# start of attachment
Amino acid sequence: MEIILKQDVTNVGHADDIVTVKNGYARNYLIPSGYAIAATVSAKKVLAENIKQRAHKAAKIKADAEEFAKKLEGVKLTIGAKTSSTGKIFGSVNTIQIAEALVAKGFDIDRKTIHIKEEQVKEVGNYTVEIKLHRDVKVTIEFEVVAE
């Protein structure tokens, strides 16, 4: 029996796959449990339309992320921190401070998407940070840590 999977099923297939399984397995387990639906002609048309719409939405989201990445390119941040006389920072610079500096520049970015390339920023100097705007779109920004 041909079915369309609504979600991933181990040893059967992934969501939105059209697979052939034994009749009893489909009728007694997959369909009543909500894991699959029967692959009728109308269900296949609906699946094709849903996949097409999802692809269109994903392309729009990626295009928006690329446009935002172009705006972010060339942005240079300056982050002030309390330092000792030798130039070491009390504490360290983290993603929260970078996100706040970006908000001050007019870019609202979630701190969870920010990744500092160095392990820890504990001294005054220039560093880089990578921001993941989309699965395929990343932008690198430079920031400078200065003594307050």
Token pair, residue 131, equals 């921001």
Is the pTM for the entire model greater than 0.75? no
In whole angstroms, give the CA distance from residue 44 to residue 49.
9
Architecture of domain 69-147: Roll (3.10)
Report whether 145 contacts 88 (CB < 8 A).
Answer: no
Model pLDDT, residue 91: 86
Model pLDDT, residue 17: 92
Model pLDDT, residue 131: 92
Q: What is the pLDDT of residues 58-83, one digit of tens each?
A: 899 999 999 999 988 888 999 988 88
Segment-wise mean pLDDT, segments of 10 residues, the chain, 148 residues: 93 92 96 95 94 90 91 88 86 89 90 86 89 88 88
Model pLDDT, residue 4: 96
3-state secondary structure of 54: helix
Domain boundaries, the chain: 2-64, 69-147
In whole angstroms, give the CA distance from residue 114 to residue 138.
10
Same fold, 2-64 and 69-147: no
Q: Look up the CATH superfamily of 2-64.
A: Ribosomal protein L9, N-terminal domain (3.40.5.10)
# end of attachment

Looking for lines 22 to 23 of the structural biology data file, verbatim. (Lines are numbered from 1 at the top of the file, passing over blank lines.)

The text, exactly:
Q: Look up the CATH superfamily of 2-64.
A: Ribosomal protein L9, N-terminal domain (3.40.5.10)